Wearable Artificial Kidney

Detailed schematic flow diagram of wearable artificial kidney blood and dialysate circuits. ZP: zirconium phosphate; HZO: hydrous zirconium oxide; CO2EF: semipermeable degassing bubble removal mechanism. Credit: Victor Gura et al./JCI Insight

Prototype wearable artificial kidney assembled and worn and fastened in position. Credit: University of Washington

We are used to miniaturisation. Computers that 50 years ago required a large room can nowadays be squeezed to the point they fit inside your cell phone (and by the way, they are much more powerful than those filling a room, some 80,000 times more than the ENIAC!).

Miniaturising mechanical systems, however, is a different story. In the last decade, however, we have started to see the appearance of new technologies, from MEMS (Micro-ElectroMechanical Systems) to Nano-technology and fluidics, that have changed the perspectives in some areas. 

Researcher at the University of Washington Medical Center in Seattle have created  a wearable artificial kidney, WAK, that can be used for blood purification. The WAK has been tested on 7 patients at the Cedars-Sinai medical centre in Los Angeles.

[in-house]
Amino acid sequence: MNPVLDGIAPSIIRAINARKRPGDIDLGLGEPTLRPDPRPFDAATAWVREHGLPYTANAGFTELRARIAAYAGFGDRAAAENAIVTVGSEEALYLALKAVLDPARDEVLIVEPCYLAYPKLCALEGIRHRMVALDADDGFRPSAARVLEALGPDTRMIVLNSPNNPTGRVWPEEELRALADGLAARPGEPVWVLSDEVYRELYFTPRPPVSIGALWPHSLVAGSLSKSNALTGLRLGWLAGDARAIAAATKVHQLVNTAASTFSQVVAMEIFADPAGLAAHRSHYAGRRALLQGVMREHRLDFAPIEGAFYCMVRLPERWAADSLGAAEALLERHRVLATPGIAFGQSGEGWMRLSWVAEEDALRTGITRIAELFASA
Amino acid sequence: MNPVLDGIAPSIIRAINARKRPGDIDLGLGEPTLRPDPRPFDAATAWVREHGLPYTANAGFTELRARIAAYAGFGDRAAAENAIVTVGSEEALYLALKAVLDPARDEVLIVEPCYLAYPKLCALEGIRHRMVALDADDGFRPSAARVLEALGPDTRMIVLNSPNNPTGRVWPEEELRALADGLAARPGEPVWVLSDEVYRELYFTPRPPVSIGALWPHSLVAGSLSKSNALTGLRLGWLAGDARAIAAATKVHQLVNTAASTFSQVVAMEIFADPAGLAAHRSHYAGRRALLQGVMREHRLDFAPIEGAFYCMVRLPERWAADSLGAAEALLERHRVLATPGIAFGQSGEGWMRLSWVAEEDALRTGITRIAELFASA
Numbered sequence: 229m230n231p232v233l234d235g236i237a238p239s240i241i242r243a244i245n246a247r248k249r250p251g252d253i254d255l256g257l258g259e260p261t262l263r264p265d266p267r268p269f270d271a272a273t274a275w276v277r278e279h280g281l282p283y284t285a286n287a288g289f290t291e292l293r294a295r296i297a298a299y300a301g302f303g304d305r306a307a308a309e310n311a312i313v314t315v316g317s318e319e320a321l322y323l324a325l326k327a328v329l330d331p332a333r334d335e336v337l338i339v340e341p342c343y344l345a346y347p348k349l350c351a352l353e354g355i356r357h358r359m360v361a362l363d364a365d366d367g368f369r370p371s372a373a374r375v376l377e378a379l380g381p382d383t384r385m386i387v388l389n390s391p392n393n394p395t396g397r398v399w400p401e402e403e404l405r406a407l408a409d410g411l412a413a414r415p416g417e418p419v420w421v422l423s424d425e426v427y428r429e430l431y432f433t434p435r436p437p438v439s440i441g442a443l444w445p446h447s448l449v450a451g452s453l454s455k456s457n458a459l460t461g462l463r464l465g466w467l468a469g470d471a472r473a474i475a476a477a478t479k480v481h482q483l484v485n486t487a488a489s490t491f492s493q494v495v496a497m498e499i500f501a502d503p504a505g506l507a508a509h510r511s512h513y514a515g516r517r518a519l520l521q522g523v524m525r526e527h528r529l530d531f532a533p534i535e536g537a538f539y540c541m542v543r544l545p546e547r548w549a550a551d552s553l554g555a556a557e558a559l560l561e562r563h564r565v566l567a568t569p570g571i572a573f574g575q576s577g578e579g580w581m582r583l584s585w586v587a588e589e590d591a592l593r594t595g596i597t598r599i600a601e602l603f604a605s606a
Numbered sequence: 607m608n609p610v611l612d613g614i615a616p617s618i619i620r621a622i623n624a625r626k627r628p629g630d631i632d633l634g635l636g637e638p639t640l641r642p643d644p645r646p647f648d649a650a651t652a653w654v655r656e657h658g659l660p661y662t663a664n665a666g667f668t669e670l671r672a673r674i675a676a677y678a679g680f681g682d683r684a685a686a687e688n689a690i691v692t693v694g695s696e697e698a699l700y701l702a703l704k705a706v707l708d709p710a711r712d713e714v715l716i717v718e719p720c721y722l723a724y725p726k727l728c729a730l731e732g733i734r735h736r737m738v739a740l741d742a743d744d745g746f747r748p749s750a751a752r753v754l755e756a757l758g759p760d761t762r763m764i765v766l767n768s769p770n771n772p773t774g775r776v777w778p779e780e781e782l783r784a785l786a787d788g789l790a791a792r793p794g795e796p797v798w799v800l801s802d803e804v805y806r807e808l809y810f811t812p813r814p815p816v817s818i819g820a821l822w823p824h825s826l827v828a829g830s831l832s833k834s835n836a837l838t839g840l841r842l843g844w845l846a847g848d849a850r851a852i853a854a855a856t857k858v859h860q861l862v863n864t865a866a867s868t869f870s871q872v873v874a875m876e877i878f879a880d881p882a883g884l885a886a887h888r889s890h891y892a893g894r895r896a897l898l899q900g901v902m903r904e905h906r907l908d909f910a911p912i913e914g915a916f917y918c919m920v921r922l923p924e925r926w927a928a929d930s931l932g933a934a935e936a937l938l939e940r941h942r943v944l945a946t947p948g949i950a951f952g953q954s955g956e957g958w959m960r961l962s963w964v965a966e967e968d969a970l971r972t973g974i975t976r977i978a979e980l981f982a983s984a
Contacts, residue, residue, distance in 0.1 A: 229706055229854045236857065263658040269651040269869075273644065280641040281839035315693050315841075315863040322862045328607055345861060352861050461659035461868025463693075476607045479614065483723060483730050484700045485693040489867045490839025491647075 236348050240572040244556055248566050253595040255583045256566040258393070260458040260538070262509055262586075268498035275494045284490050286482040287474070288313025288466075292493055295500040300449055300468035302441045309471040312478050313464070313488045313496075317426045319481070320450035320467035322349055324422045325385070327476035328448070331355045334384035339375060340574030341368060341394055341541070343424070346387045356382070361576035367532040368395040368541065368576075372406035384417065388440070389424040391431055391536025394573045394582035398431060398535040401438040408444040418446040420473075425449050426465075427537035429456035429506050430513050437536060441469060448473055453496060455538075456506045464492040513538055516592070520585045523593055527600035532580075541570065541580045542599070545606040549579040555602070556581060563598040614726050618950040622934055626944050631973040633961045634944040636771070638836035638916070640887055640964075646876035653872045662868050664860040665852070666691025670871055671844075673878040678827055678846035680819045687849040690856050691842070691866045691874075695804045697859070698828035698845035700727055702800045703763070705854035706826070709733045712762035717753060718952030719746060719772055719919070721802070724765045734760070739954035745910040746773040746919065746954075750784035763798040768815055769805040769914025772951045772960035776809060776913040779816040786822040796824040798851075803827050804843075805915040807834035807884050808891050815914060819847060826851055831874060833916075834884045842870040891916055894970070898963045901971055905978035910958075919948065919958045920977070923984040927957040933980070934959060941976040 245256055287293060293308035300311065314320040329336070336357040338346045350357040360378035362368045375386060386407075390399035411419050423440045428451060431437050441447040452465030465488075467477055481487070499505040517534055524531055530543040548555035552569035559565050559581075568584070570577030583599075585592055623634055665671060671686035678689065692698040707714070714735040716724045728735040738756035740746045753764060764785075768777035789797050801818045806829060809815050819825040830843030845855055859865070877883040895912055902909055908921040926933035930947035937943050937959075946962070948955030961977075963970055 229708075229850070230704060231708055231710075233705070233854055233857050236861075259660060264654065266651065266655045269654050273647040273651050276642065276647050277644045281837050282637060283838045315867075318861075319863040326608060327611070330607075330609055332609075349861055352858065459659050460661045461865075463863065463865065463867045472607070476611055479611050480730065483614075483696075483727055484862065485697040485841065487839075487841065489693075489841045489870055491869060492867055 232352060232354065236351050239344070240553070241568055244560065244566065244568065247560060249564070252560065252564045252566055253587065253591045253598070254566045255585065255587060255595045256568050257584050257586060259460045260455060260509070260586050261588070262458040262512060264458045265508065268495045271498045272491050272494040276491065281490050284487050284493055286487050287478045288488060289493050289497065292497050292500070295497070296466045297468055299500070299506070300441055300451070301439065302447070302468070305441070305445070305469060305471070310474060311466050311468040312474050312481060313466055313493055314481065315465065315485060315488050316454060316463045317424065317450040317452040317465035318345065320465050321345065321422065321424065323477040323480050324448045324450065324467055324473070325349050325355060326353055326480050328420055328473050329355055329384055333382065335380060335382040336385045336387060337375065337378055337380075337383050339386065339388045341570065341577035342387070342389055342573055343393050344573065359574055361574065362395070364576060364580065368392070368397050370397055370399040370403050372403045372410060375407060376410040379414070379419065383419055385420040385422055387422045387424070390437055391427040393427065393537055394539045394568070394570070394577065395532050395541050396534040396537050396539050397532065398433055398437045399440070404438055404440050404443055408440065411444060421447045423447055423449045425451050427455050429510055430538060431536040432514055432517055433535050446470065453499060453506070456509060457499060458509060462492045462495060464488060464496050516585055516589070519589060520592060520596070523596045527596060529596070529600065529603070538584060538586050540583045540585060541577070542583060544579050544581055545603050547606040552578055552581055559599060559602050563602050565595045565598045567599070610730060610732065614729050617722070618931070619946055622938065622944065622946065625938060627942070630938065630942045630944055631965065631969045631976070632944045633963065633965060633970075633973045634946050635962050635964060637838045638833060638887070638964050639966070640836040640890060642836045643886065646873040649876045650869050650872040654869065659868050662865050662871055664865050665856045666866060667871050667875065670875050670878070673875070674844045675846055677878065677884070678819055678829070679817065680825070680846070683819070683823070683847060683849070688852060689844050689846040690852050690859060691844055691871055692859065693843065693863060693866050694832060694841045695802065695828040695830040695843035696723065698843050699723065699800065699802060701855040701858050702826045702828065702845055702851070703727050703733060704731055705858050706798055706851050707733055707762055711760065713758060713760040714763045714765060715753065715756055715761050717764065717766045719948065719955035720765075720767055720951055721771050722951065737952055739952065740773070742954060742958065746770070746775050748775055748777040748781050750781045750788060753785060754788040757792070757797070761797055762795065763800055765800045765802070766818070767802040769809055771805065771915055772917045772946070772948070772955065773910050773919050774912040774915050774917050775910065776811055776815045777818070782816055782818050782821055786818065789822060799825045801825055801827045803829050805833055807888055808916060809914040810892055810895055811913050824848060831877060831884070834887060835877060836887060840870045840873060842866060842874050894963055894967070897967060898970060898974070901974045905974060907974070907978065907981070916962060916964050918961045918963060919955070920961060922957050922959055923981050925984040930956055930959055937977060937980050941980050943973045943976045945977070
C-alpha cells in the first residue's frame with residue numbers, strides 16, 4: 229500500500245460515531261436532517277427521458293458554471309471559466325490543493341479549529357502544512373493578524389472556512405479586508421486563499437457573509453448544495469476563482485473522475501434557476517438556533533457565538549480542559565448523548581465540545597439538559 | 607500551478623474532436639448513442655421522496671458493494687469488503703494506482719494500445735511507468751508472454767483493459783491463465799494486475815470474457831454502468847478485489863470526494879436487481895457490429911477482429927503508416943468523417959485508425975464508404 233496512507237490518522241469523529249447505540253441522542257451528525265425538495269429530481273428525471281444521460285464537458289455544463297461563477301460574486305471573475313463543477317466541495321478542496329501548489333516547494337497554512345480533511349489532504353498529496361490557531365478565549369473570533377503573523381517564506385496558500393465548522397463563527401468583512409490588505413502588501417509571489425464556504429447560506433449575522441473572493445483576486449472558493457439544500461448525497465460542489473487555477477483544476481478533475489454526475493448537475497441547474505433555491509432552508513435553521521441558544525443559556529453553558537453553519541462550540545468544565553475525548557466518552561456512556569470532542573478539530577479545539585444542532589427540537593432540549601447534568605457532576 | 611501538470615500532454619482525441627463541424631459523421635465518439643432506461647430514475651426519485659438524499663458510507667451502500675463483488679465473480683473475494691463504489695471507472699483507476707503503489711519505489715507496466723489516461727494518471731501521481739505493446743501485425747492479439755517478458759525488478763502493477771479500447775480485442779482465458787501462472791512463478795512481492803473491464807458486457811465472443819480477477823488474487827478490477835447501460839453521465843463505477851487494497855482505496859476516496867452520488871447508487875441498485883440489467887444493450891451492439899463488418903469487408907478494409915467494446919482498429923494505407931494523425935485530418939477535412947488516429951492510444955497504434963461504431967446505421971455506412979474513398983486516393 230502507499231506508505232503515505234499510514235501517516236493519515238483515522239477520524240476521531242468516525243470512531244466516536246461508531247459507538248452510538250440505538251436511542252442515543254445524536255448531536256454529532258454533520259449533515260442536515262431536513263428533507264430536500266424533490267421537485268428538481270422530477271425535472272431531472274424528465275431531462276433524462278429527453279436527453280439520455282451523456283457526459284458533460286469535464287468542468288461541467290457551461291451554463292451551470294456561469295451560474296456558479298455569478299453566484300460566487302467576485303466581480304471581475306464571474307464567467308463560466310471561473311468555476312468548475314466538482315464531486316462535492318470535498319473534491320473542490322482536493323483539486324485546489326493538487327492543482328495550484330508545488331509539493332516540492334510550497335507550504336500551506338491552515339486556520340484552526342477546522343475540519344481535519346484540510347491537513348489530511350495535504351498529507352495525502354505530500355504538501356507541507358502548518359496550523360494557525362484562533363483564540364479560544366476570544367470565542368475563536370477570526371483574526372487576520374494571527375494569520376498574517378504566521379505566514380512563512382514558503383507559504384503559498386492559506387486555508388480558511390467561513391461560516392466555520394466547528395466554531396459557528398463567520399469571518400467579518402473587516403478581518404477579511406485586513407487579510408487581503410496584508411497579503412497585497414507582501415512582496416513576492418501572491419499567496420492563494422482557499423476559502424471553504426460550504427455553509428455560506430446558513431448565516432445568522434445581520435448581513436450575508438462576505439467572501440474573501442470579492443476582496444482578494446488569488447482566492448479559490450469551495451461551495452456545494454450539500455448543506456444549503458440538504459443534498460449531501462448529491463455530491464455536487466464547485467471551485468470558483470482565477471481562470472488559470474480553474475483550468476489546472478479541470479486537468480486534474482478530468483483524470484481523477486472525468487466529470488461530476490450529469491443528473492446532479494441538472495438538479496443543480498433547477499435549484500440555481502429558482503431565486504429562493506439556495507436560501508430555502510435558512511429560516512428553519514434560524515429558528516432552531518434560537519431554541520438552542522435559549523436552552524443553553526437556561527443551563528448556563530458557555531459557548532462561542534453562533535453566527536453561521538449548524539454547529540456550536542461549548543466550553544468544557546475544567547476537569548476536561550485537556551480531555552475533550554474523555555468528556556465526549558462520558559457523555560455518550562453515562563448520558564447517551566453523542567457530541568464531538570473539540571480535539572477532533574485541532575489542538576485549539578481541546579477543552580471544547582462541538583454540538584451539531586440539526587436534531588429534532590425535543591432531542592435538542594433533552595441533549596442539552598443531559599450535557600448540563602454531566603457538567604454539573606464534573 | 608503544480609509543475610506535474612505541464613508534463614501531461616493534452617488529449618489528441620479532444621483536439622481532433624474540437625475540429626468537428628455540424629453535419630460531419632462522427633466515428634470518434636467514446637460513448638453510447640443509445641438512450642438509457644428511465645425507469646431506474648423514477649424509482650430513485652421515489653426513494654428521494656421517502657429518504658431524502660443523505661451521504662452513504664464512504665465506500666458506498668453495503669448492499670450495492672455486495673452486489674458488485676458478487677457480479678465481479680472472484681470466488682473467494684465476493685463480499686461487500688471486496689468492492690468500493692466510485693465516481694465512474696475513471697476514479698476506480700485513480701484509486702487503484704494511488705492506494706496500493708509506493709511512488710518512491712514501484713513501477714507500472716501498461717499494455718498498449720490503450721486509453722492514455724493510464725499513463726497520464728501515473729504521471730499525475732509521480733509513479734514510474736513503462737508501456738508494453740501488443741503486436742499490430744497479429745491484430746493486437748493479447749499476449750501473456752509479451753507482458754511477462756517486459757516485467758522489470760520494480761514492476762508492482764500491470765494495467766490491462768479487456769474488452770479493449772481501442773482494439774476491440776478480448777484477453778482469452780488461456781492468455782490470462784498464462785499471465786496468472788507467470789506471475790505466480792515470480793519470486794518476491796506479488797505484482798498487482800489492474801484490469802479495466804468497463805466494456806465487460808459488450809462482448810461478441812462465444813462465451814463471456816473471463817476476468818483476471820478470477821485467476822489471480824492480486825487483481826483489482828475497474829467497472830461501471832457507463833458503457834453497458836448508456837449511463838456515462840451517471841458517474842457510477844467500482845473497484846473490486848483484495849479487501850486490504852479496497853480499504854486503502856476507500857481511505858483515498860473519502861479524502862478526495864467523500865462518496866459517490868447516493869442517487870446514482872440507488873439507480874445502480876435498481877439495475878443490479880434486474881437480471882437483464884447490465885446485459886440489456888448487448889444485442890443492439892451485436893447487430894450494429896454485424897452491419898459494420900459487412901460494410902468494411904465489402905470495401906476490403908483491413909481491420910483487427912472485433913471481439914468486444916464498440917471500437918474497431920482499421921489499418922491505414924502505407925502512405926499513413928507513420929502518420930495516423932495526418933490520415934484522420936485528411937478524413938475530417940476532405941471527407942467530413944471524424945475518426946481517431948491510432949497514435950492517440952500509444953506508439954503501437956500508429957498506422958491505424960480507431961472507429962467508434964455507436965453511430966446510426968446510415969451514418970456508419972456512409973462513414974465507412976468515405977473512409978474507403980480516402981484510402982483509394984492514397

An artificial kidney is a bulky device, and even the ones that have been created in the last decade to be used at home, even though relatively smaller, requiring the patient to have the dialyses to lay down on a couch for the several hours it take for the procedure to complete.

The WAK is really wearable (although still bulky when considered as a wearable device) and allows the patient to move around, go the the office, do her (normal) life. You can take a look at it in the clip.

It works on batteries, rather than needing to be plugged into the mains. One of the crucial innovation that makes WAK possible is a filtering system that can support the entire procedure using just half a litre of pure water, versus the 12 litres required by current dialyses systems.  

The WAK is still in a prototype stage and refinements are under way. The goal is to provide a much improved quality of life to the 2+ million people that need to have dialyses every week (more than once a week usually).

Author - Roberto Saracco

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